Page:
Nova Scotia

Interfaith service connects Nova Scotia church, mosque

Bedford United Church and the Al-Rasoul Islamic Society have been neighbours for years and on Sunday they celebrated the end of Ramadan together with a unity service.

Bedford United Church, Al-Rasoul Islamic Society celebrated together Sunday

Children were invited to the front of the church for part of the celebration. (Stephanie Blanchet/Radio-Canada)

A Nova Scotia church and mosque held an interfaith service to mark the end of Ramadan on Sunday.

Bedford United Church and the Al-Rasoul Islamic Society Mosque have been neighbours for years, but the event marked the first time they held a formal celebration together.

Members of the Bedford United Church and Al-Rasoul Islamic Society formed a human chain between both buildings. (Stephanie Blanchet/Radio-Canada)

Imam Mohammed Al-Qazwin said the celebration was a "historic day" for him.

He said the service, which was held at the church, was full of warmth and compassion.

Mohammed Al-Qazwin is the imam of the Al-Rasoul Islamic Society. (Stephanie Blanchet/Radio-Canada)

"It's as if it was my house of worship — my own home. I felt so comfortable there. I really felt the spirit of God with us today as we're forging this friendship, this brotherhood," said Al-Qazwin. 

"God wants us to replicate this all over the world."

Red and white

People were encouraged to wear red and white to the celebration as a nod to Canada's 150th birthday. The ceremony involved everyone forming a human chain between the mosque and the church.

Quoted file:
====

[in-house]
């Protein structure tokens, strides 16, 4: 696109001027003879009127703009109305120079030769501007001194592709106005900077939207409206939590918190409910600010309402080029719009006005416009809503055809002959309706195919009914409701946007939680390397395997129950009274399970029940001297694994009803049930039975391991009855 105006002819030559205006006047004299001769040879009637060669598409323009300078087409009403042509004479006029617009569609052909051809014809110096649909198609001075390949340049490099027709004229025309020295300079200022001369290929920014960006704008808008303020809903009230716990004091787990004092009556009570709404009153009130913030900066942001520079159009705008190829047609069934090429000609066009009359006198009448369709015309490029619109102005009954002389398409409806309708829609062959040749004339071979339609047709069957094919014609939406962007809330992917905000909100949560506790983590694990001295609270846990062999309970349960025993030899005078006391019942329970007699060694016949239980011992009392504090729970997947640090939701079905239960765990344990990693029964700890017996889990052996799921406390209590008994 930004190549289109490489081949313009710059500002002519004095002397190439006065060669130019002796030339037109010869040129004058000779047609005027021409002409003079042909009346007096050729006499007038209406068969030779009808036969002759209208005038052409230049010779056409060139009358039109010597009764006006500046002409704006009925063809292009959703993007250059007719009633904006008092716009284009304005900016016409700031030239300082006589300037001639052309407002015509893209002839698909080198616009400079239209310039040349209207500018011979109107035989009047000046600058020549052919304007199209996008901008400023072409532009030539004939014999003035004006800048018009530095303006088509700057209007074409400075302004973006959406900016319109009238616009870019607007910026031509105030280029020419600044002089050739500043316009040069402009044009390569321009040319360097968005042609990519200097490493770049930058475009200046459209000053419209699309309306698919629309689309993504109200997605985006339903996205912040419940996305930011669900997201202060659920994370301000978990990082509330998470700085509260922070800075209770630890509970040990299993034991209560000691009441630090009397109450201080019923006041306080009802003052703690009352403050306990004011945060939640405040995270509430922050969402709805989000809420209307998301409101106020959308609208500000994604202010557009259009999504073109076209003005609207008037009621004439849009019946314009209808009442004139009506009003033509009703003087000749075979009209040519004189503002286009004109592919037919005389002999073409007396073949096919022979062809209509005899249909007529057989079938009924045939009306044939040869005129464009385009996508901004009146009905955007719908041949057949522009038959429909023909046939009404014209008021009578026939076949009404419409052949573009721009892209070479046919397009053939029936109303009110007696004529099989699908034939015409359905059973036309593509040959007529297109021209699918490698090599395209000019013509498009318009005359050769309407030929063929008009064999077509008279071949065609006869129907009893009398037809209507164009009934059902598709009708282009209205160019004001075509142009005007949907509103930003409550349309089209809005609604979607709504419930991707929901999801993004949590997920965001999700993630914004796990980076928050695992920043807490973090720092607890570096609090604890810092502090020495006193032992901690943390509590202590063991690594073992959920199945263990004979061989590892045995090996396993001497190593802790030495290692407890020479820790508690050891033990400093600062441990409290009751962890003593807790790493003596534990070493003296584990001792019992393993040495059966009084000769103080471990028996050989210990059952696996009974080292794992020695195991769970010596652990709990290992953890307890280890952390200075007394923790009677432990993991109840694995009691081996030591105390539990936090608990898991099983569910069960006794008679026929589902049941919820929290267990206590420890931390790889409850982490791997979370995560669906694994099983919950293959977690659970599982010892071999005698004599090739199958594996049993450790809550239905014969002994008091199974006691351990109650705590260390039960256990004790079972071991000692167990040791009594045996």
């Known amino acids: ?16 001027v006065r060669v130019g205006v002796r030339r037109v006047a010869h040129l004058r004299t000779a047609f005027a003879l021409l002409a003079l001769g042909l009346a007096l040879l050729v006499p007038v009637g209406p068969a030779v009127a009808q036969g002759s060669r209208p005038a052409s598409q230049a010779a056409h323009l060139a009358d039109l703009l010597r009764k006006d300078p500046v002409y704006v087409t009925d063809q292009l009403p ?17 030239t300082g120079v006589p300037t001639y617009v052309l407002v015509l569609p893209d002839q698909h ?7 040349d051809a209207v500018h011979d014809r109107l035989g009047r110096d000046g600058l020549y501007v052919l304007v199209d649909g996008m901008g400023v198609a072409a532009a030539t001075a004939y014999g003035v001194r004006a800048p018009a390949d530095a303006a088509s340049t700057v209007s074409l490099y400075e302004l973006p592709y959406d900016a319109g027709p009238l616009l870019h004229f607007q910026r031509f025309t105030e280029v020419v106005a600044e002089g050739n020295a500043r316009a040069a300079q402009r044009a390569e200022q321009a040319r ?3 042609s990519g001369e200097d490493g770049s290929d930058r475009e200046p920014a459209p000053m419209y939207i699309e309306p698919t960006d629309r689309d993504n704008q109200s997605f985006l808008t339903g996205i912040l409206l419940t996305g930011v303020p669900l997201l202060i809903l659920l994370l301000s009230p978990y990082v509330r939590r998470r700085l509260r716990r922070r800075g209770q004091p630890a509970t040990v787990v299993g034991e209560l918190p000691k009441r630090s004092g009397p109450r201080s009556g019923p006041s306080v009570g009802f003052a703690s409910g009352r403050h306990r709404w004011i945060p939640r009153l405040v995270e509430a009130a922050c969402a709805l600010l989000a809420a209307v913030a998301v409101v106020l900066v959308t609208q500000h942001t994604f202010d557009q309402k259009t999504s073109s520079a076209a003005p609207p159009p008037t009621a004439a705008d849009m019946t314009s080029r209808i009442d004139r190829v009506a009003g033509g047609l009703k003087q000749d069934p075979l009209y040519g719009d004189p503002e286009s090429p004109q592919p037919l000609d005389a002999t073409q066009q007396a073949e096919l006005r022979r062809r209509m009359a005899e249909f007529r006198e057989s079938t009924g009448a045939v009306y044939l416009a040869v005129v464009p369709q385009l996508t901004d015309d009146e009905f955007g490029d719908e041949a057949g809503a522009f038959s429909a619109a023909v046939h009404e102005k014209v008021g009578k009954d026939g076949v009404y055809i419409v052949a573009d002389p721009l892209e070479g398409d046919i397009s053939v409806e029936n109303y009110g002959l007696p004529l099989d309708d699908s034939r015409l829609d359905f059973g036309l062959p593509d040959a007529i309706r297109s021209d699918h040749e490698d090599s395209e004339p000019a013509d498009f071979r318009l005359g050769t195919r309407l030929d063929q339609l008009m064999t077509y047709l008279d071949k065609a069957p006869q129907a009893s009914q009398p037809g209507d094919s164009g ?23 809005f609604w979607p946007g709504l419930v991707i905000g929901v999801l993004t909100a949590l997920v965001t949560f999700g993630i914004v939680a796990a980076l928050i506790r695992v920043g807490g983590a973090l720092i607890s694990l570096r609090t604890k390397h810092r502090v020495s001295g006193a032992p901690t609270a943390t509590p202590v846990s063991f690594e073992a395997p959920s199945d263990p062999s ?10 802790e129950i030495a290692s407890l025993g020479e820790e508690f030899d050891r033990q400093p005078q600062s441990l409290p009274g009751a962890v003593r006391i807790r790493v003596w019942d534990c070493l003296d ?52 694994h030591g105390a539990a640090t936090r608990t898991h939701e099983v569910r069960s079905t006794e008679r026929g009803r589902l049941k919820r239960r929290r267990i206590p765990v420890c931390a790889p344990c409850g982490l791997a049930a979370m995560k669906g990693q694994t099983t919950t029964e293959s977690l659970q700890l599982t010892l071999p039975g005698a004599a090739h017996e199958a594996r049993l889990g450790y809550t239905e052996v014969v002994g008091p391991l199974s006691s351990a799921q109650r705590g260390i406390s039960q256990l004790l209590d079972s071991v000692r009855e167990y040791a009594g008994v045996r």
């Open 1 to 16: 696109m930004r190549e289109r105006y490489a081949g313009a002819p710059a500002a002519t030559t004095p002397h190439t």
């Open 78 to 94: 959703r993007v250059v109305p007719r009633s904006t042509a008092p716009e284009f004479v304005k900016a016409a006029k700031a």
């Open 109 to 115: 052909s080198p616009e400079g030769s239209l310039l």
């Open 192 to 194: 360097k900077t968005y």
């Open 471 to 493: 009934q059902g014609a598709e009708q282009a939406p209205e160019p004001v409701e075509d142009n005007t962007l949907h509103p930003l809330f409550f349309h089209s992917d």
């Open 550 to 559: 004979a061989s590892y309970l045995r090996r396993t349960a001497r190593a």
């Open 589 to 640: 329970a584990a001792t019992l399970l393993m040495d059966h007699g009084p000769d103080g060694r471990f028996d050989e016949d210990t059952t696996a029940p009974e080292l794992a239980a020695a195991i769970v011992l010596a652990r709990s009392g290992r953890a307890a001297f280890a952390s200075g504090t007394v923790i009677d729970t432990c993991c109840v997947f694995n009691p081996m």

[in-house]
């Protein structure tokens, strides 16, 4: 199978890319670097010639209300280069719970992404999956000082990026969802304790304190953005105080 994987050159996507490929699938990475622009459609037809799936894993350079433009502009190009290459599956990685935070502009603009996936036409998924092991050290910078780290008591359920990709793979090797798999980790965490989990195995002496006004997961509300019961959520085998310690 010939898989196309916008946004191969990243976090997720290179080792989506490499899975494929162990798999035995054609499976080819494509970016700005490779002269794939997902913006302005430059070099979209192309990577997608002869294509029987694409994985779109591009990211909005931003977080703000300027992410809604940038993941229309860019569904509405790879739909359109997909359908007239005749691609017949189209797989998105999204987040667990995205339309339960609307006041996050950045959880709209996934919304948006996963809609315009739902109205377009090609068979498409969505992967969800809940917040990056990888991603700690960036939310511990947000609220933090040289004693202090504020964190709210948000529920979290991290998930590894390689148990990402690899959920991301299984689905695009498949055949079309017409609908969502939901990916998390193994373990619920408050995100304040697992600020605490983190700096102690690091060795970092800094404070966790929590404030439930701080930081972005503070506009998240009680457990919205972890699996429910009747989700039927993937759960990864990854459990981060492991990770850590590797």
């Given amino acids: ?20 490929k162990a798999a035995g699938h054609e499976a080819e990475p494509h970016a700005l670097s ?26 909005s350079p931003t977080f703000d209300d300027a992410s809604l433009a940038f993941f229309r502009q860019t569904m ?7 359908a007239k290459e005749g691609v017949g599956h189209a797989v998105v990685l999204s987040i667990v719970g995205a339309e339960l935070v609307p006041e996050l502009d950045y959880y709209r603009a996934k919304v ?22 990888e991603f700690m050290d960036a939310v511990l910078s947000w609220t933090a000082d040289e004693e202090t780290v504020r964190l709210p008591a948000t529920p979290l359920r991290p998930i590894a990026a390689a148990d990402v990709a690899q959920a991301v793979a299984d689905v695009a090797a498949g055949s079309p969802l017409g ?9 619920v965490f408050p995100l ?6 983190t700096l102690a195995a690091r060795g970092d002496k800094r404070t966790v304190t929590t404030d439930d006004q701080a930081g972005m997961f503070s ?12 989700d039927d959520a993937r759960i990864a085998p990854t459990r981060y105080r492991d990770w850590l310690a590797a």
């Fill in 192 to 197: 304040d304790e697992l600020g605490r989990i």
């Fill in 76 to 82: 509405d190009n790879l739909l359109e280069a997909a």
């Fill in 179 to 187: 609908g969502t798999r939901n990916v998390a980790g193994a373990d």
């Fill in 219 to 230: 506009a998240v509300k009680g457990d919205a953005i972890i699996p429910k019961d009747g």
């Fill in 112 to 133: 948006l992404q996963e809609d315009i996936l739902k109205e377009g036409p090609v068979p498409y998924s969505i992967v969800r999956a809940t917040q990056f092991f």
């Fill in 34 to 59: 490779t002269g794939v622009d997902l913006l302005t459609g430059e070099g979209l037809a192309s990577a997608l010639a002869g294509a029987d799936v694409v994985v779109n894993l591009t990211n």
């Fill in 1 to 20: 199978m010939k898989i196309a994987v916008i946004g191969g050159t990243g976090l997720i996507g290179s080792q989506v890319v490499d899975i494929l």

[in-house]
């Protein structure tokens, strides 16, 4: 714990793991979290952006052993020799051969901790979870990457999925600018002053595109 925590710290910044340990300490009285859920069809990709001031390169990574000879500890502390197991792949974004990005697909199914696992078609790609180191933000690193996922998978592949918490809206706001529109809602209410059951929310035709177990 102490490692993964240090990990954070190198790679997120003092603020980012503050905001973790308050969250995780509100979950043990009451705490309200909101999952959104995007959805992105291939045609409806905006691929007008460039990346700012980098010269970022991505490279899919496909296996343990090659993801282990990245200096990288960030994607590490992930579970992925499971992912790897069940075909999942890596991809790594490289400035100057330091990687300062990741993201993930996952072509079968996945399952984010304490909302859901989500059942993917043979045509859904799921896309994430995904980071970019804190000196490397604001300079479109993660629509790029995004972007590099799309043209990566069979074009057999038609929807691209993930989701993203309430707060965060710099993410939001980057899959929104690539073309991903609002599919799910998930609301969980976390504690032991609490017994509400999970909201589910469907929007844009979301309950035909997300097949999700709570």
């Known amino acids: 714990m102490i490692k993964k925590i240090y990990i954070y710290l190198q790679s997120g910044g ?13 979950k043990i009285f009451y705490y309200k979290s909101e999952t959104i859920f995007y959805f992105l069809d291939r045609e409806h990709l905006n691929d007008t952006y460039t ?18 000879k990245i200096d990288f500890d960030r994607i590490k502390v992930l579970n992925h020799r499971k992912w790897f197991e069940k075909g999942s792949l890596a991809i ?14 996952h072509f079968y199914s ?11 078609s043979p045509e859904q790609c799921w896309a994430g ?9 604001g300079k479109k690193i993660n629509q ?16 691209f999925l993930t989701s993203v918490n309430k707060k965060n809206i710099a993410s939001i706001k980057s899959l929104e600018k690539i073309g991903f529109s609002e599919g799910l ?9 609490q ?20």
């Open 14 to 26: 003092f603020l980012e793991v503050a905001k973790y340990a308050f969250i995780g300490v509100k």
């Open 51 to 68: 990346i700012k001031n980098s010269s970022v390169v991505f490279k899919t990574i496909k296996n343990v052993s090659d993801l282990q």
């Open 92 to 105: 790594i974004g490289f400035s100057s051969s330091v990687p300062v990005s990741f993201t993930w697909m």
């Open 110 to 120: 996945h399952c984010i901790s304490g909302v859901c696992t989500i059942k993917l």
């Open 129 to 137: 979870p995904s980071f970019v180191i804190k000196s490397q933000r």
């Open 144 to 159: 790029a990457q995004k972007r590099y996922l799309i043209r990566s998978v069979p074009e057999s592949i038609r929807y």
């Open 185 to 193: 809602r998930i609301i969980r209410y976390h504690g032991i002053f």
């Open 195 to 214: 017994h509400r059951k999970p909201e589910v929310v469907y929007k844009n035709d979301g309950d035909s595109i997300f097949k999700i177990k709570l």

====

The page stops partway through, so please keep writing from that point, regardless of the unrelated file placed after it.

Rev. David Hart said the service was about breaking down barriers and dispelling stereotypes.

The pews were packed at the Bedford United Church. (Stephanie Blanchet/Radio-Canada)

"It's when you don't know people that the things that seem different about them cause you fear," said Hart.

"But once you start having conversations with them and really start to know them as neighbours and then as friends you start to learn there's so much more we share in common."

Breaking down stereotypes

Al-Qazwin said the service sends a strong message "that all the violence in this world, all the terrorism that has been perpetrated in the name of religion has nothing to do with religion."

There are a lot of misconceptions about Islam, Al-Qazwin said. One of the worst, he said, was the idea that Islam is a violent religion and that the Prophet Muhammad waged battles.

Rev. David Hart of Bedford United Church. (Stephanie Blanchet/Radio-Canada)

"Yes, the prophet was in defensive battles, wars were waged against him and he defended himself and his community. But he is the prophet of peace and he brought peace and even his enemies, he pardoned all of them," he said.

Al-Qazwin said the other big misconception is that the religion oppresses women. He said this isn't true as proof by the women taking leadership roles during the service Sunday.

'Very emotional' service

Margaret Ashcroft, a member of Bedford United Church, said she was moved by the service.

"I thought the service was very emotional and very moving and I thought that if we can show the world when we come together what a difference we can make and we're all one, we are all one and I pray to our God and to Allah that all of mankind will soon realize that has to happen," Ashcroft said.

With files from Jerri Southcott and Stephanie Blanchet